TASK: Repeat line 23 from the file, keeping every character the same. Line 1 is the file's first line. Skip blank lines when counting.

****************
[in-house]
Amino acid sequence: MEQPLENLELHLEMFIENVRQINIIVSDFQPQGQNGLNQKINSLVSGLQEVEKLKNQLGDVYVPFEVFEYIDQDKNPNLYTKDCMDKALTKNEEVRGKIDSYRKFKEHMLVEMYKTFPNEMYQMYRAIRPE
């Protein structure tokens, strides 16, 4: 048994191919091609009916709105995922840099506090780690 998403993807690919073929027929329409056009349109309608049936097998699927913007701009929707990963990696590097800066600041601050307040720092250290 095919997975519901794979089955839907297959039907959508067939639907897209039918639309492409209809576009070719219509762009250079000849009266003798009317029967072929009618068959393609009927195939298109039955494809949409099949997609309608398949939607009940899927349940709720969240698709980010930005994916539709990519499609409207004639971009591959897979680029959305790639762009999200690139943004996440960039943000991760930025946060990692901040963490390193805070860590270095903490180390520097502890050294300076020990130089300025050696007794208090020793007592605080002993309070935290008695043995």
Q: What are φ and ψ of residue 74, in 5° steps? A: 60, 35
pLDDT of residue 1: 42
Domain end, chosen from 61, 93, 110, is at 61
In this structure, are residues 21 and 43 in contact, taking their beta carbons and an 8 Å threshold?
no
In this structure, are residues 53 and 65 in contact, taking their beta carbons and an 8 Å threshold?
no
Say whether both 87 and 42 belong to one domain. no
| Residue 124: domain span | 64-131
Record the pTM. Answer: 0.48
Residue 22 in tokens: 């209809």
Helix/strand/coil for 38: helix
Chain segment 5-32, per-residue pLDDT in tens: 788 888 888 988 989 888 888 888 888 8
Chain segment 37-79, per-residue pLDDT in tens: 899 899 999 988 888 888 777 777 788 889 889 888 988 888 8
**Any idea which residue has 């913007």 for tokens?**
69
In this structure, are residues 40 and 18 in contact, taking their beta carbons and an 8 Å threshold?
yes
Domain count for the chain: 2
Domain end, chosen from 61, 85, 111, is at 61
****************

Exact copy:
Domain end, chosen from 61, 85, 111, is at 61